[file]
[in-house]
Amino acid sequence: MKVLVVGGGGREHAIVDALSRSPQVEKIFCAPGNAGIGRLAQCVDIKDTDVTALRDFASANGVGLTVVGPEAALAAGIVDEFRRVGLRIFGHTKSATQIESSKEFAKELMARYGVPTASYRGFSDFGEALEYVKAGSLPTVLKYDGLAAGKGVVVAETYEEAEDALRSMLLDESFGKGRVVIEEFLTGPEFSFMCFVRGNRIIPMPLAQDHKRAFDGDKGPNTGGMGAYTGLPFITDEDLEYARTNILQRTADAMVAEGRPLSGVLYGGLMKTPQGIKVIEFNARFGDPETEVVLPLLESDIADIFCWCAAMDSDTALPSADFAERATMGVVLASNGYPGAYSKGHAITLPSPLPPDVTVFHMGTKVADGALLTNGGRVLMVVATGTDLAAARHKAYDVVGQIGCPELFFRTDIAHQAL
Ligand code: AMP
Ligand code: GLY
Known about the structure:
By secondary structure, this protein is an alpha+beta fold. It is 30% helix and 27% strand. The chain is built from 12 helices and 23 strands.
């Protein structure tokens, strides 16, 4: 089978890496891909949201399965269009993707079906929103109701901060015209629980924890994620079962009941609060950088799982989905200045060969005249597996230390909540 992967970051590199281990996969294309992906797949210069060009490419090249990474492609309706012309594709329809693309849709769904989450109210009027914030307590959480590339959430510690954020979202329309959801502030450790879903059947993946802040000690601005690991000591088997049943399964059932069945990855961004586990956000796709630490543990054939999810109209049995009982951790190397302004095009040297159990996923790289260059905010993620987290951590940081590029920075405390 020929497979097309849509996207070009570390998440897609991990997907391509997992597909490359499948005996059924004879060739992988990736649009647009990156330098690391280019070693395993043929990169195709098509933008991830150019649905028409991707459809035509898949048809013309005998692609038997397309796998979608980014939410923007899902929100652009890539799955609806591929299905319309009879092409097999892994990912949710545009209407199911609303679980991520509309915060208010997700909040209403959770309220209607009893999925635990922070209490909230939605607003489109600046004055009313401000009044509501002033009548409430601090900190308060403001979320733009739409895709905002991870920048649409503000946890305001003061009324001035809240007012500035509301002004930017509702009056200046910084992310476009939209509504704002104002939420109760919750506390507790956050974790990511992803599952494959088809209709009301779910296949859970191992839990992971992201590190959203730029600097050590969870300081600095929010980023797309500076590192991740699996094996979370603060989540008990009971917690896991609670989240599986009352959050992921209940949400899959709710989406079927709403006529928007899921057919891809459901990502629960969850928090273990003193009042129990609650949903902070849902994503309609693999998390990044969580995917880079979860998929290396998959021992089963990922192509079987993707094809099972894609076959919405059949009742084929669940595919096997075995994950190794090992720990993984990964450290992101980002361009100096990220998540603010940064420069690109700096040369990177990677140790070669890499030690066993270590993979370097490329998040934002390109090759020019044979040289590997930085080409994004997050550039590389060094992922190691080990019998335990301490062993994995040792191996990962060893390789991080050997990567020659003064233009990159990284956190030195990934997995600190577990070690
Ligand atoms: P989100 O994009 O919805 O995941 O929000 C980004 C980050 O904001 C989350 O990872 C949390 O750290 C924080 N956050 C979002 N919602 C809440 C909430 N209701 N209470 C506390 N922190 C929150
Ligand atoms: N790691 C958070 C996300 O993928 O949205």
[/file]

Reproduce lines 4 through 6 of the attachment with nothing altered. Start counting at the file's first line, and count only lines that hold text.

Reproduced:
Ligand code: GLY
Known about the structure:
By secondary structure, this protein is an alpha+beta fold. It is 30% helix and 27% strand. The chain is built from 12 helices and 23 strands.